Make us your home page
Instagram

Get the quickest, smartest news, analysis and photos from the Bucs game emailed to you shortly after the final whistle.

(View our Privacy Policy)

Triplets line off to slow start for Lightning

NASHVILLE — One day after posing together in ugly sweaters for the Hockey News cover photo shoot, the Lightning's touted Triplets line was broken up.

Well, to be fair, every Tampa Bay line was shuffled after an admittedly terrible first period of a 2-1 win over the Sabres. And, don't worry, the changes were only temporary.

But the Lightning's Triplets trio of Tyler Johnson, 25, Ondrej Palat, 24, and Nikita Kucherov, 22 — which formed the league's most dynamic, dangerous and dominant line last season — is slumping. Despite a healthy amount of scoring chances, they have zero even-strength goals together through the season's first six games heading into tonight's showdown with the Predators.

Maybe they're just a victim to the spectacular standard they set.

"They've been in the league one year and their line has a name," coach Jon Cooper quipped.

However, randomly thrust together due to injuries in Winnipeg one year ago Saturday, the Triplets are not only gaining fame in the hockey world (hence the upcoming Hockey News cover story), but attention from opposing teams, who are throwing their top defensive pairings and lines at them.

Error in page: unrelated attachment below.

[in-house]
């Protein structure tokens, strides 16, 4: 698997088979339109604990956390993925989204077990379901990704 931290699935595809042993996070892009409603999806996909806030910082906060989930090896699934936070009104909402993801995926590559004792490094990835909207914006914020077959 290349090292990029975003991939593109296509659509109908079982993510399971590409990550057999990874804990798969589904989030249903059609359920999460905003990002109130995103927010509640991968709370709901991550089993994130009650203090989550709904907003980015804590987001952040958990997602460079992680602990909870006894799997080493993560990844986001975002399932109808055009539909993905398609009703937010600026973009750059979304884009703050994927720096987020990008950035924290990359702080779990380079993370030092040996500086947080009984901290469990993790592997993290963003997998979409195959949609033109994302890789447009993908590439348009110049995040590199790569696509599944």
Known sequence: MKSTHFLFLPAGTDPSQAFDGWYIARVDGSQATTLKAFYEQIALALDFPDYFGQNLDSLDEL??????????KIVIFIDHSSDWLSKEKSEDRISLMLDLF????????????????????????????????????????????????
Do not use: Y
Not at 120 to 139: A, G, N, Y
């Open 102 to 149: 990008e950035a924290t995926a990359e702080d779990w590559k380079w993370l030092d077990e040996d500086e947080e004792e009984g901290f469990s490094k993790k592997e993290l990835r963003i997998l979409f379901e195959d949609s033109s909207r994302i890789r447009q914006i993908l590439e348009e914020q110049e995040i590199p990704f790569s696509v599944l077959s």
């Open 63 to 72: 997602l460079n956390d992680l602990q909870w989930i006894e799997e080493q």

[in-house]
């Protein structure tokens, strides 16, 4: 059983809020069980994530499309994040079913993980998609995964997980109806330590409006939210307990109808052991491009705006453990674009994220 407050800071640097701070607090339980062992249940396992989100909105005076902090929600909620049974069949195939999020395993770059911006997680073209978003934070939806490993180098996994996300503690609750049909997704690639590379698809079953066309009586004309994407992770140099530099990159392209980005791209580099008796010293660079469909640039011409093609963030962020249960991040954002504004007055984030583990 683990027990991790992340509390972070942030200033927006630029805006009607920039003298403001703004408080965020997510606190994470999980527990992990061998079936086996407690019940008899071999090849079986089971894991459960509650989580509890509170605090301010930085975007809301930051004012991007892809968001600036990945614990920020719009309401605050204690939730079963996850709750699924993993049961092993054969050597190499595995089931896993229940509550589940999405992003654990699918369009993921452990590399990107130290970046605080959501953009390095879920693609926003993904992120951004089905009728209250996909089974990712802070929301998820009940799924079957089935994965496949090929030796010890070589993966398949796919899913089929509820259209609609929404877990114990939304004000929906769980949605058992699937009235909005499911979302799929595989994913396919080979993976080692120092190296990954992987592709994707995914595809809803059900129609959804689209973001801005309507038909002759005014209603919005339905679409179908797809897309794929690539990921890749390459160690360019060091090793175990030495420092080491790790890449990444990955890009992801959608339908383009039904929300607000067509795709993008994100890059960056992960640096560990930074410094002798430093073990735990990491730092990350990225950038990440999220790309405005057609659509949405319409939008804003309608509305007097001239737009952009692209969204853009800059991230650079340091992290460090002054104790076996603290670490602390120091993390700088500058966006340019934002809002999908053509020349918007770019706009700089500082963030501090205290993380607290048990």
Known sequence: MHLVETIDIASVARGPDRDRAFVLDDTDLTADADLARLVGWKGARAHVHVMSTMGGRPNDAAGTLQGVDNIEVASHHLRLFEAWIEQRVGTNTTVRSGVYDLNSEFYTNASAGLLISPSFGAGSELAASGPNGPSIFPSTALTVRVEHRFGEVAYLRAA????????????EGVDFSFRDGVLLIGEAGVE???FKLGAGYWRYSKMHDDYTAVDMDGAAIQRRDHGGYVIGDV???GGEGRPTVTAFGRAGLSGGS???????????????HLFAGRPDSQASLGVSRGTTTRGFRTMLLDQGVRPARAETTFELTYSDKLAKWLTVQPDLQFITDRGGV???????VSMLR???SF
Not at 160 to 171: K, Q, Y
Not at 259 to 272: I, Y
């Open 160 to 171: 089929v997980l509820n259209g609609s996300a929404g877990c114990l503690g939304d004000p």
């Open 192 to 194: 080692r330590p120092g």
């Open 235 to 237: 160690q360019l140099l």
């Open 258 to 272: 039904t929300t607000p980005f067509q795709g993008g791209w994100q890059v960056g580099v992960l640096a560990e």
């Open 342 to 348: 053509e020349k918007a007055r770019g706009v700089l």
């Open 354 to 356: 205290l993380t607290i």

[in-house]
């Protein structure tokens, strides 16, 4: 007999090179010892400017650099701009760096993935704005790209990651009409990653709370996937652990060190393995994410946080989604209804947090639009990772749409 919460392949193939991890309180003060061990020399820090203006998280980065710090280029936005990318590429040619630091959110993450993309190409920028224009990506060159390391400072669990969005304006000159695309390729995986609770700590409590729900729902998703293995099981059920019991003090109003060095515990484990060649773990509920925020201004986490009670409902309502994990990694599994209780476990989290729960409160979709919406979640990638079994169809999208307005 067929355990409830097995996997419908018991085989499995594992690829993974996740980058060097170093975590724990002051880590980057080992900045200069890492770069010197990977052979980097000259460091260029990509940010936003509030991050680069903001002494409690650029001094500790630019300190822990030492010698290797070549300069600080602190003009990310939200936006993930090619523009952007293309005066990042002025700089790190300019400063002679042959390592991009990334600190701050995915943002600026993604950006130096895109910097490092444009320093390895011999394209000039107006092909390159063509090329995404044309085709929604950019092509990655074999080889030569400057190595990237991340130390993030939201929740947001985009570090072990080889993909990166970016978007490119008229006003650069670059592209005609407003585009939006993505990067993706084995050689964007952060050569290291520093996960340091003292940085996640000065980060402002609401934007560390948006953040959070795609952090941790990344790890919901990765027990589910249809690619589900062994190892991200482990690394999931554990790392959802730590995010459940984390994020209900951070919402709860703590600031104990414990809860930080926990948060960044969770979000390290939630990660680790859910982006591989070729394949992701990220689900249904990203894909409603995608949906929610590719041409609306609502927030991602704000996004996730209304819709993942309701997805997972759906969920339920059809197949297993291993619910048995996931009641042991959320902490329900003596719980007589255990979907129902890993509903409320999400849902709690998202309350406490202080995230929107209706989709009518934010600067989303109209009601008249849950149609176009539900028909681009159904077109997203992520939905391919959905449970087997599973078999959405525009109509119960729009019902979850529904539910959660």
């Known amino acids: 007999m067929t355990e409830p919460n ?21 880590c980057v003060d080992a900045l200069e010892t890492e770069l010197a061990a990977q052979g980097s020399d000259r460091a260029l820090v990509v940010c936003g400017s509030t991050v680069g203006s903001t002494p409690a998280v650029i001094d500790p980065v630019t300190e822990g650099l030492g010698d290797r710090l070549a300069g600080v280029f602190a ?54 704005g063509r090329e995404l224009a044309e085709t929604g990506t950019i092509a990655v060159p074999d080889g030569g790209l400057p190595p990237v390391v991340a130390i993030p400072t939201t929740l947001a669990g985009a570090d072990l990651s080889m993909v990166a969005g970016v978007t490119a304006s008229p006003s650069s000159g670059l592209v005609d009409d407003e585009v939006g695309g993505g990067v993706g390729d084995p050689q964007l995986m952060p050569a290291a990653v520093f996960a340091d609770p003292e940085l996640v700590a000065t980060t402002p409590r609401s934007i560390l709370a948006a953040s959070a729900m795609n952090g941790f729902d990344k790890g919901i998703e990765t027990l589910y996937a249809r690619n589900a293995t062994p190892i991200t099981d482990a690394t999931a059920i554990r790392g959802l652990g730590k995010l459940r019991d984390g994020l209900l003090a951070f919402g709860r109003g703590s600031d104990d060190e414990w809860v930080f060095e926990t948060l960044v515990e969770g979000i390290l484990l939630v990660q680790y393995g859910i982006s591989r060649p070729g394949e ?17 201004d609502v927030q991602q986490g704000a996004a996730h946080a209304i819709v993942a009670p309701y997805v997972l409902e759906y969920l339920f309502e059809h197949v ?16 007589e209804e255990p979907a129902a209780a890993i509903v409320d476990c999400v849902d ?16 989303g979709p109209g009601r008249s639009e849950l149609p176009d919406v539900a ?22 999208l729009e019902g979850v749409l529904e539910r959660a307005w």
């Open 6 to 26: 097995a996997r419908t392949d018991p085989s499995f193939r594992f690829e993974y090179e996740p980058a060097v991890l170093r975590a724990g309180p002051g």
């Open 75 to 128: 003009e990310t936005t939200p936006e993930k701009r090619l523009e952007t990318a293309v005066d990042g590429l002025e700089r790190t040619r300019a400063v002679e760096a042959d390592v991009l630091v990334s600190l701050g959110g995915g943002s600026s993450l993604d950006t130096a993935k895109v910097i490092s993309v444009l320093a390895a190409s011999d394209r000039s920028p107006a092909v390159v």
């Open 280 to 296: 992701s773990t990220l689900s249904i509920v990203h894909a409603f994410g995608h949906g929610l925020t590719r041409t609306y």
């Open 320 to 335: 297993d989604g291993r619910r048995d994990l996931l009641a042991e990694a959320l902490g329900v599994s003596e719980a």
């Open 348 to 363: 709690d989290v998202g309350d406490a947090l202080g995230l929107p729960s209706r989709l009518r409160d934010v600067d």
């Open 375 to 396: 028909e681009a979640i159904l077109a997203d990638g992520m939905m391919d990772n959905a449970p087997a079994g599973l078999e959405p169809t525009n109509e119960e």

"I'd be lying if I said I wasn't a little bit frustrated," Johnson said. "But at the same time, am I trying to kill myself at night? No."

Said Palat: "It's not that we thought it was going to be easy, like we're going to score every single game, and we're never going to have a slump or something."

They're getting chances, including 16 combined in Thursday's 5-3 loss to Dallas, to no avail.

"I was (ticked)," Palat said. But nothing is coming easy, opposing teams targeting them in gameplans.

"I would think other teams would be in a bad spot if they didn't," Sabres coach Dan Bylsma said. "Even last year, as the year went on, there was no surprises about the speed and the skill and how they play, that line. They're going to get due attention from every team that plays against them, and they have to. They earned it."

Said Johnson: "Do I think other teams are maybe playing a little bit harder and marking us on their calendars? Absolutely. I would if I was in their shoes."

The three ranked in the NHL's top four in plus-minus last season. Johnson, a first-time All-Star with 29 goals, has four assists this season. Kucherov, who also had 29 goals, has one this season, which came just as a power play expired Oct. 10 in Buffalo. Palat has one goal (power play) and assist and is at minus-1. Johnson leads the Lightning in shots (16), with Palat (12) and Kucherov (11) not far behind.

"I've been hitting posts, Kuch has been hitting posts," Johnson said.

Johnson, who had just one goal in his first 12 games last season, isn't worried about the goals, or points. He's more concerned how they need to be better in other areas, putting themselves in the right spots, on both ends. The trio will watch film together, breaking down their shifts.

"Right now, I can't say we've been giving it our 'A' game," Johnson said.